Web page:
Hybrid SBR–FO system for wastewater treatment and reuse: Operation, fouling and cleaning
AuthorsValladares Linares, Rodrigo
Vrouwenvelder, Johannes S.
Amy, Gary L.
KAUST DepartmentWater Desalination & Reuse Research Cntr
Biological and Environmental Sciences and Engineering (BESE) Division
Permanent link to this recordhttp://hdl.handle.net/10754/609562
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AbstractForward osmosis (FO) is a novel membrane separation process that potentially can be used as an energy-saving alternative to conventional membrane processes. A hybrid sequential batch reactor (SBR)–FO process was explored. In this system, a plate and frame FO cell including two flat-sheet FO membranes was submerged in a bioreactor treating synthetic domestic wastewater. The dissolved organic carbon (DOC) removal efficiency of the system was 98.55%. Total nitrogen removal was 62.4%, with nitrate, nitrite and ammonium removals of 58.4%, 96.2% and 88.4%, respectively. Phosphate removal was almost 100%. The 15-hour cycle average water flux of a virgin membrane with air scouring was 2.95 L/m2·h− 1. Air scouring can help to remove loose foulants from the membrane active layer, thus helping to recover up to 89.5% of the original flux. Chemical cleaning of the fouled active layer of the FO membrane was not as effective as air scouring. Natural organic matter (NOM) characterization methods (liquid chromatography–organic carbon detection (LC–OCD) and 3-D fluorescence excitation emission matrix (FEEM)) show that the FO membrane has a very good performance in rejecting biopolymers, humics and building blocks, but a limited ability in rejecting low molecular weight neutrals. Transparent exopolymer particles (TEP) and other biopolymers might be associated with fouling of the membrane on the support layer. A 1% sodium hypochlorite (NaOCl) cleaning solution was proved to be effective for removing the foulants from the support layer and recovering the original flux.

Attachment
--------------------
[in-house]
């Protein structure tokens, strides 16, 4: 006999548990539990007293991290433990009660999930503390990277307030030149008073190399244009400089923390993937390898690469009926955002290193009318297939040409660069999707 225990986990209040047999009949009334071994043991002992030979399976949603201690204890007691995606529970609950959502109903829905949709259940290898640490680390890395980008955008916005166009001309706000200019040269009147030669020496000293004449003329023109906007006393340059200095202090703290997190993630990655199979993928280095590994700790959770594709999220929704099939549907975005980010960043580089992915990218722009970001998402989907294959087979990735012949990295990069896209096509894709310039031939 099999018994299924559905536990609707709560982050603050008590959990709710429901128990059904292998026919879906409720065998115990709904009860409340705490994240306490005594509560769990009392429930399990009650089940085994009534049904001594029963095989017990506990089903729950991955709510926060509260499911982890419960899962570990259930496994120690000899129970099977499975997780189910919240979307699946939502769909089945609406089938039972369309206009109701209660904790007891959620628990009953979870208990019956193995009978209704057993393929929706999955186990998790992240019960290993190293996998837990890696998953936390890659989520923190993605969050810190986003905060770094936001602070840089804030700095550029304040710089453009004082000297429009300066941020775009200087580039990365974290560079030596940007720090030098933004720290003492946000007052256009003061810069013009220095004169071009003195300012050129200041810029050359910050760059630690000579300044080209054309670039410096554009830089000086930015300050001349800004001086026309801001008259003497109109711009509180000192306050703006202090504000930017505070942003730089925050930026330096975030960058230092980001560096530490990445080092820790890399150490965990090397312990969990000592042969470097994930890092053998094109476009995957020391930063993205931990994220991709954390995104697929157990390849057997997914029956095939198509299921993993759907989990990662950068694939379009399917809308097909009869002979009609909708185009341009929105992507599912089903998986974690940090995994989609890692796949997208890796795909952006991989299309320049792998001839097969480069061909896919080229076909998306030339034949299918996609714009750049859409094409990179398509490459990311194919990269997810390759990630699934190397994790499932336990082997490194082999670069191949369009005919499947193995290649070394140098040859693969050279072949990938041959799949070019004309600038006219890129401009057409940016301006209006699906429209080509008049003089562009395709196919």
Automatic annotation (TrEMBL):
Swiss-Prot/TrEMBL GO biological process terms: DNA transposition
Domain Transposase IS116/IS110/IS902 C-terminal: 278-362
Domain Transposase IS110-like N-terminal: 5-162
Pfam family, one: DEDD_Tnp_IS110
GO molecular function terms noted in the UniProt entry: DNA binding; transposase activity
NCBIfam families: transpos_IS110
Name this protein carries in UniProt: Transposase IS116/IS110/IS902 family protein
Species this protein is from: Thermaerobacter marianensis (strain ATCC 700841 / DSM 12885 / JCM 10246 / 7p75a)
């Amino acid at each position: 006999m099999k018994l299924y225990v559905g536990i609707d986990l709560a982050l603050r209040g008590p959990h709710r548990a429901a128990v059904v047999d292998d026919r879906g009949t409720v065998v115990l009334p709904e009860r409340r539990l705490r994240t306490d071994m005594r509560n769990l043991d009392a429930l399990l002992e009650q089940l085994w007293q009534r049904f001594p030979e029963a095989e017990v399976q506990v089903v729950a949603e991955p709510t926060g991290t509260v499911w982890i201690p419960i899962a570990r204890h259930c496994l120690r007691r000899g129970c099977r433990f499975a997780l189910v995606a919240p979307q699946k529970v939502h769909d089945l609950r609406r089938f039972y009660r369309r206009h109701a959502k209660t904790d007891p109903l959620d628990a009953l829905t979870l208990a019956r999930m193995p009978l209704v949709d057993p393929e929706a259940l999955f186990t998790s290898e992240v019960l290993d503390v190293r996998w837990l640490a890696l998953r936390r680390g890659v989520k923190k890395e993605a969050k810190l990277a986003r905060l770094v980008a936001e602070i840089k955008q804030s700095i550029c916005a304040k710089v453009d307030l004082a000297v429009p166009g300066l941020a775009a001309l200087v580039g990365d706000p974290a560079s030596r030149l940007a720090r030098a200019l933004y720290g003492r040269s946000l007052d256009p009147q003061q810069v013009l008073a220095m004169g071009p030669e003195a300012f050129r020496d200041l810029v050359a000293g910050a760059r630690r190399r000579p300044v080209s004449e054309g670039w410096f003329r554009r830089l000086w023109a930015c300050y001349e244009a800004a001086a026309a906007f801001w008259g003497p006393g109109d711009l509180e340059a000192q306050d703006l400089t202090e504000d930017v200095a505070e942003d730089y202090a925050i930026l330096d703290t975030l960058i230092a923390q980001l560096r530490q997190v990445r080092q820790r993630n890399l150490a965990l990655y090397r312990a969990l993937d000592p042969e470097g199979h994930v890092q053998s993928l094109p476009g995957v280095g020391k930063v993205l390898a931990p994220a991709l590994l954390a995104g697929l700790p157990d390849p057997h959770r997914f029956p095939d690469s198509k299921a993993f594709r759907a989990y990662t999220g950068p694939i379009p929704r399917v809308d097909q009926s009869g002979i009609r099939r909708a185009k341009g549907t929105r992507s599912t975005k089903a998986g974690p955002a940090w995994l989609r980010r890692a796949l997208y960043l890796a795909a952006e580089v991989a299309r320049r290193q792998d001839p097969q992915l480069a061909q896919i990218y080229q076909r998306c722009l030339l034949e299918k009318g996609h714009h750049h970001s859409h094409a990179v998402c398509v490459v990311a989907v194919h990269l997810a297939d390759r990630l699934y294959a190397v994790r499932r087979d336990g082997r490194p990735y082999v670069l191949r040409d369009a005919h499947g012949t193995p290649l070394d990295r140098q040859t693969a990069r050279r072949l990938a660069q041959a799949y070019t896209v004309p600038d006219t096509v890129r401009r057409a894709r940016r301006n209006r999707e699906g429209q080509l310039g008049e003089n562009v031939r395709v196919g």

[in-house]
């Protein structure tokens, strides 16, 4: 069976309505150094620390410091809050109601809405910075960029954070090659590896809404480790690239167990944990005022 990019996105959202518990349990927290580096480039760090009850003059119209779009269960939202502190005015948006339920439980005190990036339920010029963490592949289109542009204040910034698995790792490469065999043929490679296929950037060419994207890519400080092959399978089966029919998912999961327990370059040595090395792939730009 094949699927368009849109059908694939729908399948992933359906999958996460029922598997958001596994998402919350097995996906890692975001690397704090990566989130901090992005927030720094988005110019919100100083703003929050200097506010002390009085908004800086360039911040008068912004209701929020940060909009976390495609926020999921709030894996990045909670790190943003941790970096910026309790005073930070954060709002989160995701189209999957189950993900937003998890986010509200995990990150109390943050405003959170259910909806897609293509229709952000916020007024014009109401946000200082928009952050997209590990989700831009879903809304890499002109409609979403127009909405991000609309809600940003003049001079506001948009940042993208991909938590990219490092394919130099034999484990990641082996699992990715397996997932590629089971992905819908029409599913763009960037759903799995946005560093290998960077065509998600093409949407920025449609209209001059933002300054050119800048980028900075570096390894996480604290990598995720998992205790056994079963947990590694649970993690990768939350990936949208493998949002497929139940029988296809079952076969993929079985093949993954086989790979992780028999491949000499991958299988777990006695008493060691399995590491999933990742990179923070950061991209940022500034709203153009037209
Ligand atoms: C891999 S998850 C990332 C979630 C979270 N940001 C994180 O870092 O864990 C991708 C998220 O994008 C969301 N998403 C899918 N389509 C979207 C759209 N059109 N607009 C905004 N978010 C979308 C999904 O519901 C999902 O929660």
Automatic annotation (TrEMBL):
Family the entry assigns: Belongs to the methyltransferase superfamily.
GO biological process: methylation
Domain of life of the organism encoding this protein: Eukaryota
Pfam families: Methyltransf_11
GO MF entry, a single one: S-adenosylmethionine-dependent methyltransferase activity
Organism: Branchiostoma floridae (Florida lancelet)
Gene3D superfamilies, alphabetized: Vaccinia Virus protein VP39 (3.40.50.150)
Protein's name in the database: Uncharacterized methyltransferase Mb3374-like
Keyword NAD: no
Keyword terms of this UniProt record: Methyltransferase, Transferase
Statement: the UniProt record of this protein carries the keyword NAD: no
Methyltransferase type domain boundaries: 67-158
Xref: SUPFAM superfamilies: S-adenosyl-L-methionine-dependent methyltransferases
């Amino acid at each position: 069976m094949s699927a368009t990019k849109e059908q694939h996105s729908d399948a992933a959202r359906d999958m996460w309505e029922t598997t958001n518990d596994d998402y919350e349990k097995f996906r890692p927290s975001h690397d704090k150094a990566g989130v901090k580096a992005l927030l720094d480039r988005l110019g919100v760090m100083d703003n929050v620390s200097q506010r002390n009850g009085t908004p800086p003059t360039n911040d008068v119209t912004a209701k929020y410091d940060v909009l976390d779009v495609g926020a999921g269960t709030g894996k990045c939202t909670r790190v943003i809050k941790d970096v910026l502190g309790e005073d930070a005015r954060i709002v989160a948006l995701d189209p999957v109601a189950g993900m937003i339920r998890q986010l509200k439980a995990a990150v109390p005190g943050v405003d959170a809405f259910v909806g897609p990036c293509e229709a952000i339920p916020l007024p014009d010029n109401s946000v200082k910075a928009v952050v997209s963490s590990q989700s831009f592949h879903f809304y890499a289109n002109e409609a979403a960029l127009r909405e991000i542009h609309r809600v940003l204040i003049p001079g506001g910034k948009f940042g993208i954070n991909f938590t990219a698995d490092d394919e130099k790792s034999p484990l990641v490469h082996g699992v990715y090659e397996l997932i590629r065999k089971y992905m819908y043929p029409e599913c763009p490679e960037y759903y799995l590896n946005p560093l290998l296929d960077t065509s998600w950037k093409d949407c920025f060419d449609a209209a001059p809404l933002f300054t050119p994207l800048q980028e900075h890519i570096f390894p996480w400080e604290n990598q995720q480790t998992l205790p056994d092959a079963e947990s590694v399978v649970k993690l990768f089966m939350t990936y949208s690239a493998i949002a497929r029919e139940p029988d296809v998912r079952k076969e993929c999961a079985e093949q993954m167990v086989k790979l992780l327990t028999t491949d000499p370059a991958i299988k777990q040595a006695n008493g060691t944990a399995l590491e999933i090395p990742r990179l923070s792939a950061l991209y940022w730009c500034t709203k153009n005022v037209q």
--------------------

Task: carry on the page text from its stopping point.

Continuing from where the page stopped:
CitationHybrid SBR–FO system for wastewater treatment and reuse: Operation, fouling and cleaning 2016 Desalination
SponsorsThe research reported in this paper was supported by King Abdullah University of Science and Technology (KAUST), Saudi Arabia. The authors would like to thank Hydration Technology Innovations for providing the FO membranes. The authors extend their gratitude to the Water Desalination and Reuse Center (WDRC) staff for the support.